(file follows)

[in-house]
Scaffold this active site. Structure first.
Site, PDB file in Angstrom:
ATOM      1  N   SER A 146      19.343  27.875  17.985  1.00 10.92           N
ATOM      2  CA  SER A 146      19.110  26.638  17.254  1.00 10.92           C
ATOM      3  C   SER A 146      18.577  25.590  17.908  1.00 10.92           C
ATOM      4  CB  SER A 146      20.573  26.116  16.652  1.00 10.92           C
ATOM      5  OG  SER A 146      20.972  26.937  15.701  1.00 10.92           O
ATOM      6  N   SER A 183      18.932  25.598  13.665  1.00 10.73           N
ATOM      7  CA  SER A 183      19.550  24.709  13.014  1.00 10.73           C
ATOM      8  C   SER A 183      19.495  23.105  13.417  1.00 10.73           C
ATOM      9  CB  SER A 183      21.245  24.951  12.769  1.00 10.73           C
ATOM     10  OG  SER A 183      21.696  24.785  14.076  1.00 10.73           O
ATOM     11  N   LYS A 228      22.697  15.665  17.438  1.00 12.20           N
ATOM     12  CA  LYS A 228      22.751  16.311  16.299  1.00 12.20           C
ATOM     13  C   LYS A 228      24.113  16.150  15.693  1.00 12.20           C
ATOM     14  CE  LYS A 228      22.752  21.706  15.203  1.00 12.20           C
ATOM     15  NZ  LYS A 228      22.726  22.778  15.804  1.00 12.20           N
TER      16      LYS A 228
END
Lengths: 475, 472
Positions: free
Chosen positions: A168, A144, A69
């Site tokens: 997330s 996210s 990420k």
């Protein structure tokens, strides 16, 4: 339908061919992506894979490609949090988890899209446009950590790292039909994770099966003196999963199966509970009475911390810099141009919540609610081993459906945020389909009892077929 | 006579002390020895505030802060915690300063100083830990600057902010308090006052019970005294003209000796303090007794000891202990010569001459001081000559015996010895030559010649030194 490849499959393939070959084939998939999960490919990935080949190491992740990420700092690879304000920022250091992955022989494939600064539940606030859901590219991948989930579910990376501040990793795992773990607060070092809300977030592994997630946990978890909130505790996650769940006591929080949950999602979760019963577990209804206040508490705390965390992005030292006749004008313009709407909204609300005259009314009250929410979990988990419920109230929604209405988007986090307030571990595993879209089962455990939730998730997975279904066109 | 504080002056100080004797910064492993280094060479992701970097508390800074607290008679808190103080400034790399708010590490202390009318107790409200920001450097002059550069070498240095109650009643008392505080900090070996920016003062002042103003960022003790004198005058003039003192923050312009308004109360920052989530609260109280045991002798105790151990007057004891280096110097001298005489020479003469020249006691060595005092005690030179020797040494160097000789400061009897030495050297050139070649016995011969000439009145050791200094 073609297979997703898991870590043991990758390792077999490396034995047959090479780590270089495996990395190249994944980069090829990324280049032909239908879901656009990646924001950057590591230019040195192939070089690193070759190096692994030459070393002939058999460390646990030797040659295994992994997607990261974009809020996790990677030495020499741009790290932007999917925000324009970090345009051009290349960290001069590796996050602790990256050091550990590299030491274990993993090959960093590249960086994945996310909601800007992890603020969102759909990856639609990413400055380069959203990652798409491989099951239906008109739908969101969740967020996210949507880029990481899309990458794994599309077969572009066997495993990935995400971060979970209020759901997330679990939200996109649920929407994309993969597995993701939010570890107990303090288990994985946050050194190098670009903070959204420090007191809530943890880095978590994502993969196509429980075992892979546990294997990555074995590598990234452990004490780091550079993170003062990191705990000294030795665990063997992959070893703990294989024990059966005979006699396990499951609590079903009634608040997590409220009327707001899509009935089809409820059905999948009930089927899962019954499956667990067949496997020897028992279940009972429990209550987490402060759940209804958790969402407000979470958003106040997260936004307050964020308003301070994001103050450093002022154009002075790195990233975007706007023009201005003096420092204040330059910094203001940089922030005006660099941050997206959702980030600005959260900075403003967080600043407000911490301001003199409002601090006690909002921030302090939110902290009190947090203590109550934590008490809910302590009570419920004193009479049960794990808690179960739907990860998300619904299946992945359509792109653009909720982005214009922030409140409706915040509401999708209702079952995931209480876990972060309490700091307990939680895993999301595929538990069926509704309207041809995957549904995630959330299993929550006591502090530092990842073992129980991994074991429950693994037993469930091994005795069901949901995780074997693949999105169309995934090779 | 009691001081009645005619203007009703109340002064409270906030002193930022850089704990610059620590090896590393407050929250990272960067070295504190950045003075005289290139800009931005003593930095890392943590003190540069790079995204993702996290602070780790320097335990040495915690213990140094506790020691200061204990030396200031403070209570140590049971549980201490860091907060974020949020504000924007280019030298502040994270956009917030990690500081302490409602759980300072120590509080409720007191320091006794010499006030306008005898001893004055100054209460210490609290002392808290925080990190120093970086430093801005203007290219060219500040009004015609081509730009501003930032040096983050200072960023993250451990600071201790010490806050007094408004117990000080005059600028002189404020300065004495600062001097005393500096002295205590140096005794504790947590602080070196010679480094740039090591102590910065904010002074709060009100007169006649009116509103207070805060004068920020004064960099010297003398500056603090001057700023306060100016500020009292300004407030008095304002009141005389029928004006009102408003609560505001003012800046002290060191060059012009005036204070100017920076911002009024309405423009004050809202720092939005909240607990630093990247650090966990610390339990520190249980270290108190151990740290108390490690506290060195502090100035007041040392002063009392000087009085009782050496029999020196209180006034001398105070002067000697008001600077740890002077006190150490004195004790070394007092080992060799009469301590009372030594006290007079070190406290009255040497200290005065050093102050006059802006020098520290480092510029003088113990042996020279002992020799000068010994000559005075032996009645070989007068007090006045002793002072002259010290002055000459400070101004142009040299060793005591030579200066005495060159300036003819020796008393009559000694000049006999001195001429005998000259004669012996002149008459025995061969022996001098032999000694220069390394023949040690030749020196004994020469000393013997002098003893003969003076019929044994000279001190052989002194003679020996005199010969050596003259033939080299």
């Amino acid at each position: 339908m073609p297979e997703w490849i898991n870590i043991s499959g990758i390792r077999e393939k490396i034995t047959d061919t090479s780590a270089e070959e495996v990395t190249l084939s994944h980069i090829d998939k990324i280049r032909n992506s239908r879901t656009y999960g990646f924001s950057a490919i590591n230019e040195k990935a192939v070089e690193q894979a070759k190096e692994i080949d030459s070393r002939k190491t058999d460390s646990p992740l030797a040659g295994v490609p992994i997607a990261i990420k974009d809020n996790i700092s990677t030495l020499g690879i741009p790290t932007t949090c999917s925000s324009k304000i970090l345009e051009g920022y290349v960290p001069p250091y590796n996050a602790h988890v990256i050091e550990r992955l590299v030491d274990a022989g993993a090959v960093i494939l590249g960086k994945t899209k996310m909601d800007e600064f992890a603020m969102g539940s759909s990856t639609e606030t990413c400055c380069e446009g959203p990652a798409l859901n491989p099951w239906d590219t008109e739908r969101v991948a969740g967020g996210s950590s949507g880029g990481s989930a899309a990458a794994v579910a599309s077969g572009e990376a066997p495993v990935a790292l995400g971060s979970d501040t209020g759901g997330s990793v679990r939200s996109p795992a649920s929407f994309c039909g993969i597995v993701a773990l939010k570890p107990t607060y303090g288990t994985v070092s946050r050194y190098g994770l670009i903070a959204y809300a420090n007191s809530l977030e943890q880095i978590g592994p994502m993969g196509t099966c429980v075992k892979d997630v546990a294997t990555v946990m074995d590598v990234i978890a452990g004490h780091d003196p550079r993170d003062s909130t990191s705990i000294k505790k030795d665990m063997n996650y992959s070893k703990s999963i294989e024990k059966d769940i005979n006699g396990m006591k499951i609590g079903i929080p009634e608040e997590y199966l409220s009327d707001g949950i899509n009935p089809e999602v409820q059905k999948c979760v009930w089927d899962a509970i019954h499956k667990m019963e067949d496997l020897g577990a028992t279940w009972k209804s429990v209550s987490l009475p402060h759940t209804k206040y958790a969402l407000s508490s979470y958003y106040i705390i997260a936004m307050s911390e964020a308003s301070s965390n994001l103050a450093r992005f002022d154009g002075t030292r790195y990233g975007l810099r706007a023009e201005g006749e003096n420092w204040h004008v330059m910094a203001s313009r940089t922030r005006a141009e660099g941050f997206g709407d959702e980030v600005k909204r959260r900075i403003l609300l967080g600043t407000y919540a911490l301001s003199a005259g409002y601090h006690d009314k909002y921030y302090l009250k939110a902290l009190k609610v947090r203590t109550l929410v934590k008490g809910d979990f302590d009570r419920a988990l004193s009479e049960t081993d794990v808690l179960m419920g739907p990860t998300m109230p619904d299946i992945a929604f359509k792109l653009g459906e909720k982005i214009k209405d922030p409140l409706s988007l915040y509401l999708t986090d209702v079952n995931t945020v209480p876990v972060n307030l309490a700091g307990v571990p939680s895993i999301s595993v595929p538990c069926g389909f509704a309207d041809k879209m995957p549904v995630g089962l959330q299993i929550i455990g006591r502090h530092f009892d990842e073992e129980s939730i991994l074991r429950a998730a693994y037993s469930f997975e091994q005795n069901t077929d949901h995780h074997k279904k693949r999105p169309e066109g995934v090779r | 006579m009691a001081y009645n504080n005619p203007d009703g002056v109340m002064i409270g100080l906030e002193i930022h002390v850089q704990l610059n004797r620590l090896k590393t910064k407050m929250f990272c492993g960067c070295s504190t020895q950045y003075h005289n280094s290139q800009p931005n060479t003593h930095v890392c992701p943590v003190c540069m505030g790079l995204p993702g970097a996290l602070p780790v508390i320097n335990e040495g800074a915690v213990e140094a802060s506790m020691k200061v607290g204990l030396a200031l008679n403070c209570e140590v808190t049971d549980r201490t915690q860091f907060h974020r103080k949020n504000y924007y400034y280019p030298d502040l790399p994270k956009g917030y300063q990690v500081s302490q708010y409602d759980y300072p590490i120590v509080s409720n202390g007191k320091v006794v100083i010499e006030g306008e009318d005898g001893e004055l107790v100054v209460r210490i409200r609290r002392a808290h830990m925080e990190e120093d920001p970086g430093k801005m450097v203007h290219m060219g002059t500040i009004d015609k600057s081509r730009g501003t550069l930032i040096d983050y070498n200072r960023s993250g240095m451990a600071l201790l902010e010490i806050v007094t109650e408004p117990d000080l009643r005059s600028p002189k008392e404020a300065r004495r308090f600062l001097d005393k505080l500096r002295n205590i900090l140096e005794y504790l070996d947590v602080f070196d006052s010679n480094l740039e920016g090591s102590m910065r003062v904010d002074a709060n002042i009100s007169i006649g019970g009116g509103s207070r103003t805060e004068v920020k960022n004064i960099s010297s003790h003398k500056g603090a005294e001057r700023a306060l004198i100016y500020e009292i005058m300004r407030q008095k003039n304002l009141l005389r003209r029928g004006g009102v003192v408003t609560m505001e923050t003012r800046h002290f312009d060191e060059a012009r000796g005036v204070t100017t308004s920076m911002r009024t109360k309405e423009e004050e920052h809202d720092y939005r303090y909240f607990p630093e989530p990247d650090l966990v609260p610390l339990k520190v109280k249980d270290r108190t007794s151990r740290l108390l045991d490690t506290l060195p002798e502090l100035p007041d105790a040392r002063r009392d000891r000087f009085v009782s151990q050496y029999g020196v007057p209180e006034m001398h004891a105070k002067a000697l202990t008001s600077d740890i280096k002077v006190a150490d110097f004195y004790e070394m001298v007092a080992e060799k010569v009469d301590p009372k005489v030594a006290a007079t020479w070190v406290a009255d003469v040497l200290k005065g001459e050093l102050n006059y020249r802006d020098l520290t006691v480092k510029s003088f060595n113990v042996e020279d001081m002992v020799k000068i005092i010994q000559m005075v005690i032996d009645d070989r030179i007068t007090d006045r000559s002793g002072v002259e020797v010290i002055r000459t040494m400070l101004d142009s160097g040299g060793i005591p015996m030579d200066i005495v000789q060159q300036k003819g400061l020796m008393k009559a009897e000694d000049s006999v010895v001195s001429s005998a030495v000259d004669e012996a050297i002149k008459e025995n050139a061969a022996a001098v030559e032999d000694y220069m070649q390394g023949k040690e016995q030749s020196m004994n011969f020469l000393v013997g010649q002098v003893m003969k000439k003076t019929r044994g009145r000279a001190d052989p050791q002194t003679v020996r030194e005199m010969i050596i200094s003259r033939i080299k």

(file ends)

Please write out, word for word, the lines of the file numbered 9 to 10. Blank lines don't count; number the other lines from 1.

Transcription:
ATOM      6  N   SER A 183      18.932  25.598  13.665  1.00 10.73           N
ATOM      7  CA  SER A 183      19.550  24.709  13.014  1.00 10.73           C